WATCH: Eagle Cam Live from Zoo Miami


On March 13th, Zoo Miami’s Ron Magill joined Wildlife Rescue of Dade County’s Lloyd Brown and Jemma Peterson to rescue a bald eagle chick that had fallen out of a nest which had been destroyed by a storm. After surgery to repair a broken wing and months of rehabilitation, the eaglet was successfully released back to the wild on August 21st.

The parents of this eaglet have been a bonded pair for over a decade. Unfortunately, they have had very limited success in raising chicks due in part to the instability of the nest site that they kept returning to year after year.

Believing that the bonded pair would once again return to the same tree, Ron and the Ron Magill Conservation Endowment, teamed up with Lloyd and Wildlife Rescue of Dade County to construct a stable platform in the nest tree close to the original location of the nest that was destroyed. The hope was that the adult birds would return to the tree and utilize the newly constructed platform to rebuild the nest that was destroyed by the storm. Thousands of dollars were also invested to install a high definition camera system that would allow any activity at the platform to be livestreamed online. This was a huge gamble because there was no guarantee that the adult pair would return to the tree, and if they did, that they would choose to build their nest on the platform. In fact, there was genuine concern that the newly installed platform would frighten them away from the tree completely.

Fortunately, the pair did return, and for several days, looked at the installed platform from adjacent branches but would not fly to it. Then, finally, they flew onto the platform and after inspecting it closely, were observed flying in with large branches as well as other types of vegetation to begin rebuilding their nest!! At first, they would be seen bringing in new materials with no apparent predictability, sometimes not returning to the nest for days at a time. Recently, the time spent at the nest is becoming more regular with both adult birds seen on the nest either by themselves or together, usually in the morning, almost on a daily basis. The hope is that as the female gets closer to laying, their time at the nest will continue to increase.

The ultimate hope and goal is for this pair to lay eggs, and then to successfully hatch and fledge chicks. The Ron Magill Conservation Endowment, through the Zoo Miami Foundation, is sponsoring the live streaming of this entire process to provide an intimate window into the very private world of these majestic raptors. Though there are many things that could go wrong, no matter what is observed on the cameras and how difficult it may be to watch, we cannot interfere in any way as we must let nature take its course. This is an incredibly unique opportunity to observe nature in real time, in a non-intrusive way.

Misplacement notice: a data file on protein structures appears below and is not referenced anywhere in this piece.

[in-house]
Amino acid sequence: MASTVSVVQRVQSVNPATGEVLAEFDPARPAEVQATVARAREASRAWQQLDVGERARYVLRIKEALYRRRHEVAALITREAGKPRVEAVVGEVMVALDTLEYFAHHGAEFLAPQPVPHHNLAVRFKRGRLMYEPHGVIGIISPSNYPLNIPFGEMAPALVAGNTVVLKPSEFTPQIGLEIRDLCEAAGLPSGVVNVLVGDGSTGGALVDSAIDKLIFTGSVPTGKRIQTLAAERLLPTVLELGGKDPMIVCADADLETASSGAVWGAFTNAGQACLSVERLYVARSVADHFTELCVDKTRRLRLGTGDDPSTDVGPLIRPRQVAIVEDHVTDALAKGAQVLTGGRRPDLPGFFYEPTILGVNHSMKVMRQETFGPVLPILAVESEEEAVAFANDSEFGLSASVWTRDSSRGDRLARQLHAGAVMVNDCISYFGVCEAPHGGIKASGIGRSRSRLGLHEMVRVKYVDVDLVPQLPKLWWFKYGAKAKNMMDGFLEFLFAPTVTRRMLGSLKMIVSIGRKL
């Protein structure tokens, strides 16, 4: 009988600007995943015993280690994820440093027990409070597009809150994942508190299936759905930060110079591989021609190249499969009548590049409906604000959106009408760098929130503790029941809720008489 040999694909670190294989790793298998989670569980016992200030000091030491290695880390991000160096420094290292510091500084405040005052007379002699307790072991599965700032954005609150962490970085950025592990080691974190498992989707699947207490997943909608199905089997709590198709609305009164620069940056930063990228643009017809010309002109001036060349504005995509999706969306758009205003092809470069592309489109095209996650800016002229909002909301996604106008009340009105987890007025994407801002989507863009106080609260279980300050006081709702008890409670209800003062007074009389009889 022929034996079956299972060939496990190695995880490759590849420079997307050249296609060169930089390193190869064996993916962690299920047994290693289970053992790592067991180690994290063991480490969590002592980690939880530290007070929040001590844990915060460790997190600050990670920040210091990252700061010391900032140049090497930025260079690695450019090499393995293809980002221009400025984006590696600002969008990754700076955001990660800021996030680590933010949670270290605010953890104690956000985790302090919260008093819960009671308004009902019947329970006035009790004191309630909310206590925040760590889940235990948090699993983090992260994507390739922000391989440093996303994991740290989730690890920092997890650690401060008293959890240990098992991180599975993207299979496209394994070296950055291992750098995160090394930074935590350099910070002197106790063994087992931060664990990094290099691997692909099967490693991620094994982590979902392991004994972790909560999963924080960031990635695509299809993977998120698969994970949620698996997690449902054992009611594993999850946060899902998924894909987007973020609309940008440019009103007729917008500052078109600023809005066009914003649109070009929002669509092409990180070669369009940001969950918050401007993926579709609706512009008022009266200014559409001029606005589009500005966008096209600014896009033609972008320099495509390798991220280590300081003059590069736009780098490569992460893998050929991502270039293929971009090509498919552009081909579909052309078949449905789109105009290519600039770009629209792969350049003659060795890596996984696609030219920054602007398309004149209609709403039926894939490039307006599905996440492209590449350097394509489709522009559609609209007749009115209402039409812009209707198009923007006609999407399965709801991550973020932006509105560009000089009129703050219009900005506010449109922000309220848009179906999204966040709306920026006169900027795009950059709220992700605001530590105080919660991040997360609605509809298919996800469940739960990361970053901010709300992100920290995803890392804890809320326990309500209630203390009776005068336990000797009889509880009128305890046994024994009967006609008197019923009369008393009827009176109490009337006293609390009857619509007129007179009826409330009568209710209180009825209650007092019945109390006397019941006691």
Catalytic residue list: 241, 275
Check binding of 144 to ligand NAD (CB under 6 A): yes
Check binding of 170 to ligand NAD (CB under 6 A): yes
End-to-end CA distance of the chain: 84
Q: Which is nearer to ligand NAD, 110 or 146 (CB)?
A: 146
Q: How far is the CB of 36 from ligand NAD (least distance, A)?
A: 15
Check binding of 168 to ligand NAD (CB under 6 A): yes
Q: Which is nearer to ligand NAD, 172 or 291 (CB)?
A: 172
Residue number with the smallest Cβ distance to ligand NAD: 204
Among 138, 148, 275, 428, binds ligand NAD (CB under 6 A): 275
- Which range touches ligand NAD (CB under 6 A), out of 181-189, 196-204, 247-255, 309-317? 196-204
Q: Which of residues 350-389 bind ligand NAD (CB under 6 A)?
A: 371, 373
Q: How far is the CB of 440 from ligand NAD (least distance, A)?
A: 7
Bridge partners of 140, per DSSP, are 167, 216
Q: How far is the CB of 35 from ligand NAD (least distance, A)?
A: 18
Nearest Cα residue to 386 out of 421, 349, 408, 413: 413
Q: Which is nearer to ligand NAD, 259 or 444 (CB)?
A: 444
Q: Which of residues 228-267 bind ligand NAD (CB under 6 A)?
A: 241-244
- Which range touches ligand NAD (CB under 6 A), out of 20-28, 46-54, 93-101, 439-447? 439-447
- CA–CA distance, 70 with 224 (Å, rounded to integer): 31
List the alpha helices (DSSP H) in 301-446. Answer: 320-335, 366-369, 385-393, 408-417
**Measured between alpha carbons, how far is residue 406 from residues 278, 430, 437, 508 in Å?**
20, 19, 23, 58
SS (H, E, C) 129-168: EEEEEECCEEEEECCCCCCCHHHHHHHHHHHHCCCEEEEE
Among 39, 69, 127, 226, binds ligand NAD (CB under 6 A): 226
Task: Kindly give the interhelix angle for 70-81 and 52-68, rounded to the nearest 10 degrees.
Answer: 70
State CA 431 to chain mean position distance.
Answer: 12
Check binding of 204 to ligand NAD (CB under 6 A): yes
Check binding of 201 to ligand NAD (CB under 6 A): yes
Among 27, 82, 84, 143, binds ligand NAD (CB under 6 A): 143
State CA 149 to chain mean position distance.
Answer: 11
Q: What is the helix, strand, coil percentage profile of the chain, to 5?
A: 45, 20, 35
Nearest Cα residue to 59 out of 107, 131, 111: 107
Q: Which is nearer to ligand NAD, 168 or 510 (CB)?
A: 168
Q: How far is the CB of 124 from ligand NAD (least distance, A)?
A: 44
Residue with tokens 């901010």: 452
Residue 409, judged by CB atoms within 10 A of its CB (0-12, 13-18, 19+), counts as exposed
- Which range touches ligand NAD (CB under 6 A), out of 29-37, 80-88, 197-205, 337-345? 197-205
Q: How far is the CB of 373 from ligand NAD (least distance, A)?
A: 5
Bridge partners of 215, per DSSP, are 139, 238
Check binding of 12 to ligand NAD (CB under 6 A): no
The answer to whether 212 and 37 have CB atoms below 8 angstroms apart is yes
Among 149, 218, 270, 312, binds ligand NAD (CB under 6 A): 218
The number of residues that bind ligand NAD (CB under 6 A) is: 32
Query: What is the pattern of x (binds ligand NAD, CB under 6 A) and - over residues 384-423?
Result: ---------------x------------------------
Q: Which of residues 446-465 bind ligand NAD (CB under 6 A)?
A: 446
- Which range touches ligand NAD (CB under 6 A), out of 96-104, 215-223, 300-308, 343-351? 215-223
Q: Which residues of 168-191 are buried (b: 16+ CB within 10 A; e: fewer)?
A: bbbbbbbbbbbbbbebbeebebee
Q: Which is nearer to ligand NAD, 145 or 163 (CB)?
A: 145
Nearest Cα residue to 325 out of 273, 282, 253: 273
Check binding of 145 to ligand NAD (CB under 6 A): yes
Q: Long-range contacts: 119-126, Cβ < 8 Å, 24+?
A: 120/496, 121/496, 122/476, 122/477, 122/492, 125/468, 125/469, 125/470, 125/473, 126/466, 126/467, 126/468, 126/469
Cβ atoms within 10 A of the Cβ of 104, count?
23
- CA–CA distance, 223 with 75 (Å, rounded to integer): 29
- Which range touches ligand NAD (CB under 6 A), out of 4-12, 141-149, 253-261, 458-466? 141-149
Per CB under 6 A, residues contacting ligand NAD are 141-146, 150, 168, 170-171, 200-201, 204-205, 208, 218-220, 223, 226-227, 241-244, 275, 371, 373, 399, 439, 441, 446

Thanks to the collaboration between the Ron Magill Conservation Endowment and Wildlife Rescue of Dade County, the world can now go online for free and connect to the livestream of the nesting platform to watch in real time as this bonded pair of bald eagles continues to build their nest and hopefully goes on to lay eggs and successfully raise young to become the next generation of these majestic raptors.

Though it is hoped that this pair of eagles will be able to successfully raise offspring, it is important to note that nature can often be cruel. We want to warn viewers that we will have no influence or control over the behaviors of these birds and there are many things that can go wrong. The adults may, for unknown reasons, abandon the nest. They may lay eggs that never hatch or get predated on. If eggs do hatch, the hatchlings may not survive. Hatchlings may be aggressive towards each other in competition for food. The parents may bring back prey that viewers find disturbing and the feeding of that prey to the eaglets can be quite graphic.

With that said, there is an old saying that states, “In the end, we protect what we love, we love what we understand, and we understand what we are taught.” We hope that by creating this special connection to these amazing animals, viewers will better understand them, learn to love them, and want to protect them.


Sponsored Content

Sponsored Content